Channa Henry

Channa Henry Nez Perce tribal police officer understands compassion for others

Channa Henry just wants to help people. She knows how people need compassion and someone who can understands what others are going through.

Unfortunately, the 32-year-old Lewis-Clark State College graduate had to go through a personal tragic event to find such a calling.

Channa Henry With Handcuffs

Henry was a victim of a violent crime at the age of 19 and had to describe in great detail what happened to an all-male investigation team.

“Just having a female officer present would have made a world of difference to me,” Henry says. “I was sitting in a room full of men trying to explain what happened to me. Ever since then, I knew I wanted to be a police officer.”

Fast forward to the present and Henry is now in her third year as a patrol officer for the Nez Perce Tribal Police Department and is one of two females currently on the force.

“I got into the job because I wanted to help people,” Henry says. “People have different judgements when they see a (police) uniform. The badge isn’t always a positive image to some people and can cause mental, emotional and physical stress. I want to help them know I am here to help them.”

Describing herself normally quiet and reserved, Henry says the early challenges for her being a police officer was being able to handle confrontation and having to take charge of the

situation.

“But putting on the uniform makes it feel more like you are a superhero,” she says. “You just have to make that switch into the alter ego.”

It may not be the only superhero uniform involving law in Henry’s future. She recently took a practice Law School Admissions Test (LSAT) and she says she did fairly well. She is still weighing her options, but does have an interest in law school and eventually working in the area of United States federal Indian law and policy.

Henry is a native of the area and an enrolled member of the Nez Perce Tribe. She grew up in Lapwai and attended school there. Following high school graduation, she spent seven years working in the gaming area for the Nez Perce Tribe and began to attend LC State part-time. She focused on both creative writing and publishing arts, and Justice Studies, and graduated with a Bachelor’s of Science degree in 2017.

“I really like writing poetry and editing books,” she says.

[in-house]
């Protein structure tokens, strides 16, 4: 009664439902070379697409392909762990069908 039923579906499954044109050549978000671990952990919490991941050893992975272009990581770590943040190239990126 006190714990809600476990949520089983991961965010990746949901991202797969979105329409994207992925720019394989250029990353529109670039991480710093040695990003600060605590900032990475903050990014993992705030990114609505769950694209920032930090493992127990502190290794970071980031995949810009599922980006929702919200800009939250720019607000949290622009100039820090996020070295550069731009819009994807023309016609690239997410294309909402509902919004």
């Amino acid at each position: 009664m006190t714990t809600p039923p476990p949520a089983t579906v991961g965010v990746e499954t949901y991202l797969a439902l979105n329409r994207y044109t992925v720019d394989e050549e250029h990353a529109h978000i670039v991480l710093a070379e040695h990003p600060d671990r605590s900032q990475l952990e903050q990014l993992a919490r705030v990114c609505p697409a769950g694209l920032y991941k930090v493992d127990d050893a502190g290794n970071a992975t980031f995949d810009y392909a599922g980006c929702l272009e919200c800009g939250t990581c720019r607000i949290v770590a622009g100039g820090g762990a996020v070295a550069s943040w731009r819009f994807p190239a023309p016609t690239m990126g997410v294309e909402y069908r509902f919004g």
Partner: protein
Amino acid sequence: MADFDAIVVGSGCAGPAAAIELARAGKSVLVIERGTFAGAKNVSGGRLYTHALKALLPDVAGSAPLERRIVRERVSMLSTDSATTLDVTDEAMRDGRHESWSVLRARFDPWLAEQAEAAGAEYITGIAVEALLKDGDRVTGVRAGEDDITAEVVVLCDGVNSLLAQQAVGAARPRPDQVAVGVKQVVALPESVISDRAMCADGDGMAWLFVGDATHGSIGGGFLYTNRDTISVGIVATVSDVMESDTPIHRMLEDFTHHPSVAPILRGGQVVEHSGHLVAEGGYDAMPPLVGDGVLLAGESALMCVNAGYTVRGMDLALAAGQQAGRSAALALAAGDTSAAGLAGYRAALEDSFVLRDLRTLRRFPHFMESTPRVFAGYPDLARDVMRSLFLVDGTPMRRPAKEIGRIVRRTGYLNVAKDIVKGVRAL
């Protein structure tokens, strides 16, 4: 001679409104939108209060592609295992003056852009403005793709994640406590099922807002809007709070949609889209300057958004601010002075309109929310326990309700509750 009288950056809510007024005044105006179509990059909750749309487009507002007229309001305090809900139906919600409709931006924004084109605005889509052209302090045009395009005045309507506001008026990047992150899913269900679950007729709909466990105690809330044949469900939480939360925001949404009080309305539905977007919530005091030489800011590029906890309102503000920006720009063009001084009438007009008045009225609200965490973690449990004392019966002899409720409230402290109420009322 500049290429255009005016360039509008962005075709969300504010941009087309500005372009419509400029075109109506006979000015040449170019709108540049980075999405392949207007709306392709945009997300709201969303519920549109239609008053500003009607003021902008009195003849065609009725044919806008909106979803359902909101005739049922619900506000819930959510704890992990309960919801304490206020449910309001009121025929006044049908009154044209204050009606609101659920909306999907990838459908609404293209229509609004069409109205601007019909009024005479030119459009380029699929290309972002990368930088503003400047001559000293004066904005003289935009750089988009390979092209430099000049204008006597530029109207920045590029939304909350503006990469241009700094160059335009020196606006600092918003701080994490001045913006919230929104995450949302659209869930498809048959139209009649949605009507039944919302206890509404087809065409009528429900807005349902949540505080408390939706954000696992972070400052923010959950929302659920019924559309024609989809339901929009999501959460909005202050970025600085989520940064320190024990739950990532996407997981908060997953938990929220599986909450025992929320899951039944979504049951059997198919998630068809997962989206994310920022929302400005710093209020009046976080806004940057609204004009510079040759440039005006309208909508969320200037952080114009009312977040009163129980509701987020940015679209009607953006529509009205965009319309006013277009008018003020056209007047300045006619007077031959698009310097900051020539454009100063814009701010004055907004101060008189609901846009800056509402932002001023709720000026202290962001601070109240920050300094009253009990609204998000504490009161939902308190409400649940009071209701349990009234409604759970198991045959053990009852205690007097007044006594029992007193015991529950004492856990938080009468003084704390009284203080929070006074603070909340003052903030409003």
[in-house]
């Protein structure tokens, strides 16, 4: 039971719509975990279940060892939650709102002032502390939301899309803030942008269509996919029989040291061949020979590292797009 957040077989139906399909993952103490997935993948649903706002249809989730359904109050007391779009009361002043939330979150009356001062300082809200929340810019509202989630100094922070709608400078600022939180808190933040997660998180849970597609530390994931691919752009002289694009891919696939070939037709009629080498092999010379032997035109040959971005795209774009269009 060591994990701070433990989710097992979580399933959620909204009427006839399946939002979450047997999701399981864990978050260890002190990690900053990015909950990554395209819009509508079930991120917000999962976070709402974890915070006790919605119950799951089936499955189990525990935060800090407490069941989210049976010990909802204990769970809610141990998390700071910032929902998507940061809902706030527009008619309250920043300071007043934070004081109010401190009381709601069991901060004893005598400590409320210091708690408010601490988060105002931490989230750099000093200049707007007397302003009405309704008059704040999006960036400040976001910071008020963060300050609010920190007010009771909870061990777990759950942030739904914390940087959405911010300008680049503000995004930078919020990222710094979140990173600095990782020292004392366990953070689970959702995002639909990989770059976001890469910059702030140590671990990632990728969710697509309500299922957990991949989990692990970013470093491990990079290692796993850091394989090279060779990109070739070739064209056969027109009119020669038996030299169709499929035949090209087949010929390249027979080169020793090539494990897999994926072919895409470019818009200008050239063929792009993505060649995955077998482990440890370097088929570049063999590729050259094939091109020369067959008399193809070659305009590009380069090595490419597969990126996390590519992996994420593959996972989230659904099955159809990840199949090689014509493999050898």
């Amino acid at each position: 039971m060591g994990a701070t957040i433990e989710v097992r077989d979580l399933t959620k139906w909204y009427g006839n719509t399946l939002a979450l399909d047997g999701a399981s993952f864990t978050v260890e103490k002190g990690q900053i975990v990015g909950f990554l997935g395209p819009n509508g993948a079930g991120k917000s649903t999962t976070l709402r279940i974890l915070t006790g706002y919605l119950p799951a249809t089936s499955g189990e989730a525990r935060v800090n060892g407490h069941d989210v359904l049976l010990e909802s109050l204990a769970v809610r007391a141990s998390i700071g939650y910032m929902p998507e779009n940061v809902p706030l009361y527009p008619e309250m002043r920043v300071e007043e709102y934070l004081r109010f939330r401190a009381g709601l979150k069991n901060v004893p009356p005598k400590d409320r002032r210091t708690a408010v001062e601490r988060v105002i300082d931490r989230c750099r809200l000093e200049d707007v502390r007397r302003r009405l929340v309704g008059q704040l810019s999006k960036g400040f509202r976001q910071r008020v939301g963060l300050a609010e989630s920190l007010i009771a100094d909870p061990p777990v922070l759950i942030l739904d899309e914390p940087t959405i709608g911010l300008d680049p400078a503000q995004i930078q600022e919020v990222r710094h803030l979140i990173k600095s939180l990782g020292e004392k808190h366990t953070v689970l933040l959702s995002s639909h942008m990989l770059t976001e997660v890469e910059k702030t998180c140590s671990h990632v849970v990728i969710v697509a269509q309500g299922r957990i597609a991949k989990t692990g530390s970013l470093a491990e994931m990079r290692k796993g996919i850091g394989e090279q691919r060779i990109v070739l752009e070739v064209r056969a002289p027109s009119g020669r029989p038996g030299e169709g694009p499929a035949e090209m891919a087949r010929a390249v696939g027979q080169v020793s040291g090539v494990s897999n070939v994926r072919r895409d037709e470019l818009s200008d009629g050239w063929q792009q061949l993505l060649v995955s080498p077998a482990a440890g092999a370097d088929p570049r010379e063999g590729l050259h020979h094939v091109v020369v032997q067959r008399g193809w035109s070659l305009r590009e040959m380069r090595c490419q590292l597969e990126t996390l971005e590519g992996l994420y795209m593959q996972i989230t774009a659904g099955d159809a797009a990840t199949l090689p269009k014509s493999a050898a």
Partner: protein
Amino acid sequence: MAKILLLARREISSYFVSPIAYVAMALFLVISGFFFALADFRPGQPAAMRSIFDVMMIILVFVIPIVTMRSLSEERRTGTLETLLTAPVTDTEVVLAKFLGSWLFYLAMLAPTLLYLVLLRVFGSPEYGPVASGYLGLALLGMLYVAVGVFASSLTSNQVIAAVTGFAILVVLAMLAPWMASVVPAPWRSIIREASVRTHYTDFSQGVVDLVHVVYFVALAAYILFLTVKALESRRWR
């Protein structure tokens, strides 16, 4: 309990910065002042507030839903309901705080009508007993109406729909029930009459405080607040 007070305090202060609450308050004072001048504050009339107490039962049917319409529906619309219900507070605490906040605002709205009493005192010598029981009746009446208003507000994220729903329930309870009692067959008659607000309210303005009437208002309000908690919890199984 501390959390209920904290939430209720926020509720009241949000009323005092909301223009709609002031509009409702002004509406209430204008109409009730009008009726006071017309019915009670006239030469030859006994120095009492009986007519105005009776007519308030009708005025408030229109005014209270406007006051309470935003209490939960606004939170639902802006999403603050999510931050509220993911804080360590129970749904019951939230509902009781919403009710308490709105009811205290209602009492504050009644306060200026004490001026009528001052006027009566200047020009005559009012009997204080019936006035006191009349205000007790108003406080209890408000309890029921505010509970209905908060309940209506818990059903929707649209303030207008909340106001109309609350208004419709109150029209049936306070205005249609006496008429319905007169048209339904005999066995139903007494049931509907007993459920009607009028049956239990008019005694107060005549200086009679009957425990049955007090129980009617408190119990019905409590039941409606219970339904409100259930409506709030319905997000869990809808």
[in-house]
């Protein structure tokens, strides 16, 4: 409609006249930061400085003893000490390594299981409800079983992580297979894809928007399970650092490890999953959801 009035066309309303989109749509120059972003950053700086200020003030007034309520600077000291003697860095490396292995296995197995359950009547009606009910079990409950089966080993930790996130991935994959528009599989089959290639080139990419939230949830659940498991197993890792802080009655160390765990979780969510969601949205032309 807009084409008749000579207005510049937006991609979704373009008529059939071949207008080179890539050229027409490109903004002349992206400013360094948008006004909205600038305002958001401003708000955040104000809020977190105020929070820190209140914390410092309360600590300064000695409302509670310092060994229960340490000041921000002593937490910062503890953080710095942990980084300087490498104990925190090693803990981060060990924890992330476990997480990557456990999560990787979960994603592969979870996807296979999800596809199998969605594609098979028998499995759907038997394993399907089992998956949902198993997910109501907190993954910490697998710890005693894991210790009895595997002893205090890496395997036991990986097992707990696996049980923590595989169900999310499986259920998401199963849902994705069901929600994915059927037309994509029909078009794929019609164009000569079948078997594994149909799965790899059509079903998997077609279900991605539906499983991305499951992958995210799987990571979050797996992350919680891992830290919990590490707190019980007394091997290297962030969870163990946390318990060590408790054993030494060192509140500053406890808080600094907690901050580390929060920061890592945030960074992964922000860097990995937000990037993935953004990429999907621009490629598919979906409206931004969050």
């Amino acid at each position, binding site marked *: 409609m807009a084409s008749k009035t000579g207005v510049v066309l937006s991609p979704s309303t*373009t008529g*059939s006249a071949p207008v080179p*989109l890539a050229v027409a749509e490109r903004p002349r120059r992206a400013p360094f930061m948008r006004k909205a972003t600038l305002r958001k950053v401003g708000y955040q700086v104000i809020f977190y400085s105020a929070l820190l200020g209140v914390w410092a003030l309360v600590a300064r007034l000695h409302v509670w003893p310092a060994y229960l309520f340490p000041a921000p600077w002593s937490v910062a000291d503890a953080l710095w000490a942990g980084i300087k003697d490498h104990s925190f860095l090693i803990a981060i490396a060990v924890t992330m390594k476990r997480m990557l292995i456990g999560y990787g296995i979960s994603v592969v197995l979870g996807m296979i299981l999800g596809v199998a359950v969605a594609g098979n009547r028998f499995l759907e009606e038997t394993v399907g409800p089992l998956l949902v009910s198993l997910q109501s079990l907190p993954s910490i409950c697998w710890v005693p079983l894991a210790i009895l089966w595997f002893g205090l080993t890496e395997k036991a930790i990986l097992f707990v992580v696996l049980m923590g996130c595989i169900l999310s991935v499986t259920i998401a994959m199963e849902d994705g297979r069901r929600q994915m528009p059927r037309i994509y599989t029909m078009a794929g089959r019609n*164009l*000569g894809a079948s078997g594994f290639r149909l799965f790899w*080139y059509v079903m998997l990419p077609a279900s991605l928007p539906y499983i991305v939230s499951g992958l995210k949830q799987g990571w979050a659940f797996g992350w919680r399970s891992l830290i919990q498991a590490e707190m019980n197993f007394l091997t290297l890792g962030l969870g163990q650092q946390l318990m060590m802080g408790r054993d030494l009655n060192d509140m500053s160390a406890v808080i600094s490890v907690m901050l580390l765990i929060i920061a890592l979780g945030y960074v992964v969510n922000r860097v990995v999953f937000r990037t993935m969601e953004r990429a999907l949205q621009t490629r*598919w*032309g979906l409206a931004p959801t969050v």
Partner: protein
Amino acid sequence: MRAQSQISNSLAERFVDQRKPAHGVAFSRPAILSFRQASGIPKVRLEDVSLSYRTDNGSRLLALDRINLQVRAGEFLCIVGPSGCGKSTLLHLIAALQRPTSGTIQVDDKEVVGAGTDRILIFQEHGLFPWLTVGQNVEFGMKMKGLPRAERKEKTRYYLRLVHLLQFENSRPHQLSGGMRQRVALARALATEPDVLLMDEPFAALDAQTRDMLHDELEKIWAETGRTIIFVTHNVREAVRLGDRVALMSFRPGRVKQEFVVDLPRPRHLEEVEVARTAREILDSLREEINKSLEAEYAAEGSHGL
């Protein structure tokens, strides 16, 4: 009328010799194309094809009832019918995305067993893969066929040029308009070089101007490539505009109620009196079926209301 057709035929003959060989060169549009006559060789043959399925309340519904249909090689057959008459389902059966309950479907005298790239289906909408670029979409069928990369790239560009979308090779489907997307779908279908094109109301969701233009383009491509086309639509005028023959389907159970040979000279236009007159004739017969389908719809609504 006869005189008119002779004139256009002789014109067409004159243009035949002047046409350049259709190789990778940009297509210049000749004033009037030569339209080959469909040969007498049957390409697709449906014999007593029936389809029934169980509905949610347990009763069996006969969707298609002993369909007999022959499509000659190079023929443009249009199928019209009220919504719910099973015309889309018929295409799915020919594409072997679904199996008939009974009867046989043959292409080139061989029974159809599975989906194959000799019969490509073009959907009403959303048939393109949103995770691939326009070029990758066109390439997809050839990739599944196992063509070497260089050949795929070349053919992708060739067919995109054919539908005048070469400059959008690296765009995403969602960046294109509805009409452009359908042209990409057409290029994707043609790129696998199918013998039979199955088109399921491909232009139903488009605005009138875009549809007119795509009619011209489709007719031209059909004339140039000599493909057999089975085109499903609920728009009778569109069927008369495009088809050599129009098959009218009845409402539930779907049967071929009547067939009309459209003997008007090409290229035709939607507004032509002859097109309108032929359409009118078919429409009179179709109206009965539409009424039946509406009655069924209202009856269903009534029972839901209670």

While at LC State, she also took justice studies courses, which helped her with confidence in pursuing a career in law enforcement.

“I loved it there,” Henry says of the college. “I liked the size of the classrooms and how personal the classroom settings were. The teachers knew you and your struggles. They understood what you might be going through and wanted to help you succeed.”

Following graduation, Henry was hired with the Nez Perce Tribal Police Department and completed a 13-week Indian Police Academy course in New Mexico at the Federal Law Enforcement Trailing Center and graduated October 28, 2017.

As a tribal officer, Henry spends a lot of time in a patrol car. She knows several people in the Lapwai and Kamiah areas, and realizes she may catch an acquaintance during one of their worst days.

“Seeing people under the influence of illegal drugs and alcohol can be really disheartening,” she says. “I want to help them and show them I’m not that bad guy. I want them to know it’s not personal. I’m still learning from other officers. It’s taken three years to get adjusted to certain aspects of the job. And I’m still learning.”

Henry usually works four 10-hour shifts and says the department tries to keep an officer in Lapwai and Kamiah at all times. She also is on call during her off hours.

Henry says she is putting her degree to work with her love of writing. She recently submitted some of her poetry for PoliceOne.Com publications, which is geared to police officers and law enforcement.  She also interned and had some work published in Talking River, a journal of literary works published biannually by Associated Students of LC State.

She says she is also looking at ways of self-publishing her writings, which mainly focus on her personal experience and struggles.

“I write about personal self-struggles and try to capture the moments of life,” she says. “I keep a journal and write about my law enforcement career and what happens, but keep names and personal information out of it.”

In December, she had more time for writing as she suffered an injured shoulder while making an arrest and was sidelined to recovering for a few months.

“I work with a really good group of people,” she says. “Sometimes I think it’s an advantage being a female officer. Females are more emotionally in tune. I know I’ve made some officers uncomfortable because I’m open, I reach out to talk to people. I sometimes talk to male officers after I process all of my emotions. I’m not reaching out because I need help, I’m reaching out to talk and be supportive.”

Henry says she also gets strength from her son, who she strives to be a role model for.

“If I can do this for him, I can do it for other people as well and help them,” she says. “I just want to help people.”